However, there are instances that make Bachelard’s work more useful beyond the pleasure of the prose. According to Blanchot:
Bachelard makes us attentive to a very fine and very precious distinction. Resonance does no more than bring us sentimentally back to our own experience. What alone places us at the level of poetic power is reverberation, the images’s summoning to what in it is initial, an instant summons to leave ourselves and to move in the shaking of its immobility. This “reverberation” is not, then, the image that resounds (in me, the reader, and the on the basis of my self), it is rather the very space of the image, the animation proper to it, the point of its springing forth where, speaking within, it already speaks entirely on the outside (The Infinite Conversation 321).
Bachelard is concerned, then, with the affective instensity, as well as its physical and temporal extension, that moves us out of the cellar and attic and into a realm of creation, that is incapable of being divided or reduced to its quantitative, three-dimensional and rational origins. Poetic space introduces us to the Blanchotian Outside, the space of the unknown, or what Bachelard earlier in his career called epistemological rupture. In the end, poetic space is ephemeral, attentive to the dynamics of chance and change.
Which brings us back to “The Wilderness Project”. Chris Milk’s imagery and the Arcade Fire’s lyrics suggest a take on modernism and (sub)urbanism more ambivalent than Bachelard, whose critical bifurcation of nature and culture is either supported or (my preference) radically undermined by the video, depending on one’s interpretation.
But the film is also undeniably progressive. The project is enabled and inspired by a productive connection between modern technology and experiences of suburbia, the ultiamte meaning of which only emerges through their collaboration here. The interactive interface, like the suburbs, is partly about disconnection and the growing divide between people, spaces and time, between social interlocutors and participants in the creation of meaning. However, the content of the video, like Bachelard’s house, reconnects us temporally to the space and time of the past, a personal and subjective past enabled by the most communal of media.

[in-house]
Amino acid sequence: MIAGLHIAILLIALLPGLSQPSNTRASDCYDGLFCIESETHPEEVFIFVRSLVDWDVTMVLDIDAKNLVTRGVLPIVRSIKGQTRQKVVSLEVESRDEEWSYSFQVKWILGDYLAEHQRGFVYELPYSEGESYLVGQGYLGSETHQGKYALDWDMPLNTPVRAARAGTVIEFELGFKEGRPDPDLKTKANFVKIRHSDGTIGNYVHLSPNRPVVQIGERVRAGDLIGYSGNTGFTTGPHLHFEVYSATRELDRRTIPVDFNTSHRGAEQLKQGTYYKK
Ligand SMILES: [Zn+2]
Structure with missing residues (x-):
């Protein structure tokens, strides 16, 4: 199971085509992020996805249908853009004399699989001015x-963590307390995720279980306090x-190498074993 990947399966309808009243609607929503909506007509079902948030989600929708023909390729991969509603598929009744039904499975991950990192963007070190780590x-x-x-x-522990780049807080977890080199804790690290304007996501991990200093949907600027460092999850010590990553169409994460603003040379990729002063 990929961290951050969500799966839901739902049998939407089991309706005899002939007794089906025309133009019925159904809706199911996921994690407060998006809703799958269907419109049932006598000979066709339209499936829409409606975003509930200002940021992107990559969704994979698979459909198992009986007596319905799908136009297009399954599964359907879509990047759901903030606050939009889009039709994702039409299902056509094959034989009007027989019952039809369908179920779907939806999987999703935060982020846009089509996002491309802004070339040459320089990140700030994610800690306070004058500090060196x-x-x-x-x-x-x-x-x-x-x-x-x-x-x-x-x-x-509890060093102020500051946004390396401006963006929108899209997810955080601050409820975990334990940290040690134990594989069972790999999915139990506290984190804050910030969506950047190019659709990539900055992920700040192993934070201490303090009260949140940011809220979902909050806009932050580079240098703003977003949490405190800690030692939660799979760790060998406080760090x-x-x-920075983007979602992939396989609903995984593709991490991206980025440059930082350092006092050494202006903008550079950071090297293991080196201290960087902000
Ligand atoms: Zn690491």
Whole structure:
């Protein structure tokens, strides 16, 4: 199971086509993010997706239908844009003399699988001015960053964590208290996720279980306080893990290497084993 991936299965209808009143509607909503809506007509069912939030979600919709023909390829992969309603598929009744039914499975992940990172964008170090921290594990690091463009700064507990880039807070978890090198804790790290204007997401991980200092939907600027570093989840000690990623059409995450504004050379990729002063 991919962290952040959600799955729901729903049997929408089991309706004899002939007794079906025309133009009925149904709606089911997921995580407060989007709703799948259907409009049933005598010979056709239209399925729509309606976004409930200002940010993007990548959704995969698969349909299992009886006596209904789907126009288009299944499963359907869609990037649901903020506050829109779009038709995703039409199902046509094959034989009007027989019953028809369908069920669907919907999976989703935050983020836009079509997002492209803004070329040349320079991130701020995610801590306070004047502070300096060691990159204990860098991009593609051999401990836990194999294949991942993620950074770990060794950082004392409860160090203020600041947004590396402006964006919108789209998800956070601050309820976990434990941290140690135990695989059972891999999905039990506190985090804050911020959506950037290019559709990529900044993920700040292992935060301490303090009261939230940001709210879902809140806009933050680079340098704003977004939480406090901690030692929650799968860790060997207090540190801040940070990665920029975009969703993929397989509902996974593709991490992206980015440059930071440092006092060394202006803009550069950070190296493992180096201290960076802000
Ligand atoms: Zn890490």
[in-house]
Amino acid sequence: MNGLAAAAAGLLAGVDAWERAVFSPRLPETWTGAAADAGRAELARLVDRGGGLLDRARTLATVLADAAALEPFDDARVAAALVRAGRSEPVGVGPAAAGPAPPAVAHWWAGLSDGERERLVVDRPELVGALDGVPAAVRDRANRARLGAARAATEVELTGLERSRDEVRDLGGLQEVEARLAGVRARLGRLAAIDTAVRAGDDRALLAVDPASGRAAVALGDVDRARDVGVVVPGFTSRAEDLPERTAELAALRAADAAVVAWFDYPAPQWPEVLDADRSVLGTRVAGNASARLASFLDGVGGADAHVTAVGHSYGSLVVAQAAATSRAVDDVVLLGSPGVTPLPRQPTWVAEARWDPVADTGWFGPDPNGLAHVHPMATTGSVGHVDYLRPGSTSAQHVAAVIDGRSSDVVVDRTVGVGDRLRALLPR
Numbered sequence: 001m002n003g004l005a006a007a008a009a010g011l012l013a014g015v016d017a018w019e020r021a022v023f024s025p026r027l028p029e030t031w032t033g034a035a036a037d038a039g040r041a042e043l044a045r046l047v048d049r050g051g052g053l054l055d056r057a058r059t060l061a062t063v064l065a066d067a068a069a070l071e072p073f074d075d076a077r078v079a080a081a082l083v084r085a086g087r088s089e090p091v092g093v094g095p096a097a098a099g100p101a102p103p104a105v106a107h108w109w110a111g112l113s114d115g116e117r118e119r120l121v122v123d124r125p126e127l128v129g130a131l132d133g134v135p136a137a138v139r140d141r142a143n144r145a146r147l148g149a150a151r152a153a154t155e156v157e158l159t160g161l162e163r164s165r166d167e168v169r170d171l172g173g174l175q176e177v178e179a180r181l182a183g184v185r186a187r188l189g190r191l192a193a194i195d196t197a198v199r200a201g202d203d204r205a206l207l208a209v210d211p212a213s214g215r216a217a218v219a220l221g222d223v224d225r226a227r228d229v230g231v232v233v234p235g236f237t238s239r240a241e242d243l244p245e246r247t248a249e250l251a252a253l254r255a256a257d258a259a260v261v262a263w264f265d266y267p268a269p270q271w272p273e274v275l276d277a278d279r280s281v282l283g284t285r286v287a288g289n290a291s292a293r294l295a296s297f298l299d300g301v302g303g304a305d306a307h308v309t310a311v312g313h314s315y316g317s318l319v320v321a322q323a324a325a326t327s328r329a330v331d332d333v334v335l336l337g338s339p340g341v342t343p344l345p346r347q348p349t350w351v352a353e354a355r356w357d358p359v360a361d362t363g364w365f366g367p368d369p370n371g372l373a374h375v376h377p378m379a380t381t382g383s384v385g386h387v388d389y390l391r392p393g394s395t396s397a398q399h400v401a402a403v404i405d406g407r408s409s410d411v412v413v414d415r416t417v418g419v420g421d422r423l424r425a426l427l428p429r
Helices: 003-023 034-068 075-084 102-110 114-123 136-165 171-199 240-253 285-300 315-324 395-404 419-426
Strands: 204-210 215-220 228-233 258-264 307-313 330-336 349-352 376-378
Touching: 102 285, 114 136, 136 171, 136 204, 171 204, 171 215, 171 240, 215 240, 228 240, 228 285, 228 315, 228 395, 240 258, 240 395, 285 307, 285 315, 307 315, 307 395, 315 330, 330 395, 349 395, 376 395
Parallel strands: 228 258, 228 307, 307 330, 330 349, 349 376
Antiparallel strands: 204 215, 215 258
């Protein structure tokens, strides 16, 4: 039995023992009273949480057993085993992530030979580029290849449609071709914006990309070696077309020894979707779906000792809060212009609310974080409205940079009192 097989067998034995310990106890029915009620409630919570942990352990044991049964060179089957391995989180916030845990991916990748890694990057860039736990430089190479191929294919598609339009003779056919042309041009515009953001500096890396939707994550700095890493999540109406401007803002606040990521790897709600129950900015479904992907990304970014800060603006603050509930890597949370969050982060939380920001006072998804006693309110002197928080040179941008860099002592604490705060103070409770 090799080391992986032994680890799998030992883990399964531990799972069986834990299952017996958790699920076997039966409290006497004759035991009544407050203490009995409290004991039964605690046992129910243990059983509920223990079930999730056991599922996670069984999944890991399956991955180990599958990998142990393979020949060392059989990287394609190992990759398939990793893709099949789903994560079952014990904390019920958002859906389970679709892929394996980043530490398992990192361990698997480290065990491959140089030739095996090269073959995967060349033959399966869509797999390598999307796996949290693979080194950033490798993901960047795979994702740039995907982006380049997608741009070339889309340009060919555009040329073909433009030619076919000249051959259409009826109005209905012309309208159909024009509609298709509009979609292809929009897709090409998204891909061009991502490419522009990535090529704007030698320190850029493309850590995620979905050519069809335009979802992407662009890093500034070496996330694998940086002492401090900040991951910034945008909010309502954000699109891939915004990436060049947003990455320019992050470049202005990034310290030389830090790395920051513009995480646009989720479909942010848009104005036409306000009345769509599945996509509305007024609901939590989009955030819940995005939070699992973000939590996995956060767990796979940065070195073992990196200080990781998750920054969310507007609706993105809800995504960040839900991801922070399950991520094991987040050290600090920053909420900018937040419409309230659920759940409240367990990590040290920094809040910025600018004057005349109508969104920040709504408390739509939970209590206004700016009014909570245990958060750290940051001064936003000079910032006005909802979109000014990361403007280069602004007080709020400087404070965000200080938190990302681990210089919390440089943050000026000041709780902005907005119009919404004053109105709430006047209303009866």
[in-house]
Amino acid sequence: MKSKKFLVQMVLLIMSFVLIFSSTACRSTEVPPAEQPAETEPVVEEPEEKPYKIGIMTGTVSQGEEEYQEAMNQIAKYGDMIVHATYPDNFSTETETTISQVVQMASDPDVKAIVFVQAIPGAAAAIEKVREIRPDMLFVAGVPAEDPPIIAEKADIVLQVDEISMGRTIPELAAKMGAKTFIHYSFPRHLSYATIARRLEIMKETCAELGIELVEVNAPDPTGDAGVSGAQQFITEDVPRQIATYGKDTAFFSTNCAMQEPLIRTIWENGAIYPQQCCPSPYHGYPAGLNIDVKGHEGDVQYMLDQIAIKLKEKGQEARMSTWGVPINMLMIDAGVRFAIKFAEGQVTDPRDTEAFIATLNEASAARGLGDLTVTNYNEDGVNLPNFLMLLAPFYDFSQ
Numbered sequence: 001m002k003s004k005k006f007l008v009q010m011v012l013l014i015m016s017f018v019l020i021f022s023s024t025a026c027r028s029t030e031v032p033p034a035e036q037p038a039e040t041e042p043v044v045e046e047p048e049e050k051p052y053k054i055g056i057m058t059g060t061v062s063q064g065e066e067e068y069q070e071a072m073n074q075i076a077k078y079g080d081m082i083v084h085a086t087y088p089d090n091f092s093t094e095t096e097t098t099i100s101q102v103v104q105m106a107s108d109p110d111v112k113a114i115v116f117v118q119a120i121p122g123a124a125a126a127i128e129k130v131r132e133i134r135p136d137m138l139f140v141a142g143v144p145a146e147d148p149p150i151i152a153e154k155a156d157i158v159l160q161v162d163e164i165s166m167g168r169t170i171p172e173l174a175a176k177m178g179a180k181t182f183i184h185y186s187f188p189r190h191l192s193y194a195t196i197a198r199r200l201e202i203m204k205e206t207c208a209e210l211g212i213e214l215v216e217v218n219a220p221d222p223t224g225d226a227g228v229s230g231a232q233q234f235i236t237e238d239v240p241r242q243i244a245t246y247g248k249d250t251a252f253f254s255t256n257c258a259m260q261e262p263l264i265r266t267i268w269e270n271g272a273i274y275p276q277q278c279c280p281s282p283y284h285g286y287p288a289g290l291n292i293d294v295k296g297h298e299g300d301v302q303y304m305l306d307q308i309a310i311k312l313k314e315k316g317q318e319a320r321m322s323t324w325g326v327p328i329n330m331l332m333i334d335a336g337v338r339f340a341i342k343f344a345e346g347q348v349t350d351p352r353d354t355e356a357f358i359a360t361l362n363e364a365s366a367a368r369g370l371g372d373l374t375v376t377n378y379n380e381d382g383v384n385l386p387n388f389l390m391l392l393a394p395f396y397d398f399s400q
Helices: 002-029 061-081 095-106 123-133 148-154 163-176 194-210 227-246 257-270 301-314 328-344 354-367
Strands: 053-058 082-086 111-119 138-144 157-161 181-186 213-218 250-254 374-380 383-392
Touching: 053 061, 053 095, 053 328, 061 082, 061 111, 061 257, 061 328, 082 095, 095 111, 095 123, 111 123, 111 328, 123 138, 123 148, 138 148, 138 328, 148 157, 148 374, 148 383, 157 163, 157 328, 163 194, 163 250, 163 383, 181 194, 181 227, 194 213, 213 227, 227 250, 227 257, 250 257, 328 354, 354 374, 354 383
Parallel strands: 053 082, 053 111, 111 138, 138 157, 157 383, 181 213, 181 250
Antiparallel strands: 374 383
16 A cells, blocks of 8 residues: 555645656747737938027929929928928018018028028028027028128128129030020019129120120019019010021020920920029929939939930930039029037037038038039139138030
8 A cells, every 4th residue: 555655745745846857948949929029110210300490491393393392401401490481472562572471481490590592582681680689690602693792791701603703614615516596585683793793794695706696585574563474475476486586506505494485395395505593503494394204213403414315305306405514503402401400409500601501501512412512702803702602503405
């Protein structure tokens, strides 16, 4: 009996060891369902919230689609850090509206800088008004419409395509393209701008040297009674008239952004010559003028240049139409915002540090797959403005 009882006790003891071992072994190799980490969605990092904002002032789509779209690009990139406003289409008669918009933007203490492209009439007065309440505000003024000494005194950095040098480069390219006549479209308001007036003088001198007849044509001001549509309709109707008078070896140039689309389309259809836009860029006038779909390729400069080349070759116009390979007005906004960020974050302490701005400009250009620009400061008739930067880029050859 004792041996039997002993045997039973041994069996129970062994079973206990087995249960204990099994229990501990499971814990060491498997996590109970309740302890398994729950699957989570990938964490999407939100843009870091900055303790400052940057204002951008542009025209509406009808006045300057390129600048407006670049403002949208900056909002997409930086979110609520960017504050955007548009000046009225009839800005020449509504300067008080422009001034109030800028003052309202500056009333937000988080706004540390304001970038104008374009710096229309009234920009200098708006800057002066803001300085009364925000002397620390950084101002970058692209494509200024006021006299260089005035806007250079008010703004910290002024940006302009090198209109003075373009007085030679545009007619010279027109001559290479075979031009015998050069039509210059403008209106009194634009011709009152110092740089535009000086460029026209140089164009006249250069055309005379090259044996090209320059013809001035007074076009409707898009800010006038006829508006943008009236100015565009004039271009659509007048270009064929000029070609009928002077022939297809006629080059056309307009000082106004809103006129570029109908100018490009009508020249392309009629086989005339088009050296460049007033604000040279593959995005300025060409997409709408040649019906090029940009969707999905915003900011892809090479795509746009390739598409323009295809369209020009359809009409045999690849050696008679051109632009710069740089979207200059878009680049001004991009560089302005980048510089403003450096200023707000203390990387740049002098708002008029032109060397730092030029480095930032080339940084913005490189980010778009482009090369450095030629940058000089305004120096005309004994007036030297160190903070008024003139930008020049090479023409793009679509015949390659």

And there is it is: my childhood home. Its the one my family lived in the the shortest amount of time (2 years). Its the most foreign, located in suburban Bonn. It’s the only home I haven’t returned to since moving out. It’s been here on Google maps for years, but I’ve never bothered to look. There are features of the house I didn’t remember: our house is disjointed from its extended context. Our house and the nine that make up our block have flat roofs, the rest of the neighborhood has pitched. Our houses have small yards formed by interstitial space of the closely-knit, nearly conjoined masses. The houses also touch in some places making our block read of a much larger scale than those surrounding. All the houses on our block are turned 45 degrees from the rest of the neighborhood making them even more distinct, especially in the aerial views.
Most surprisingly, there has been little development. The neighborhood looks the same. When I lived there, the lot next to ours was a pit of dirt awaiting further development. At this point, more than twenty years later, I was expecting a sea of new buildings. But there was only one. The rest of the pit was filled in with landscape.
The Poetics of Space and “The Wilderness Project” share a spatio-temporal mission. They just differ on the tactics to accomplish it.
In related news, a family of five has been found alive in the suburbs.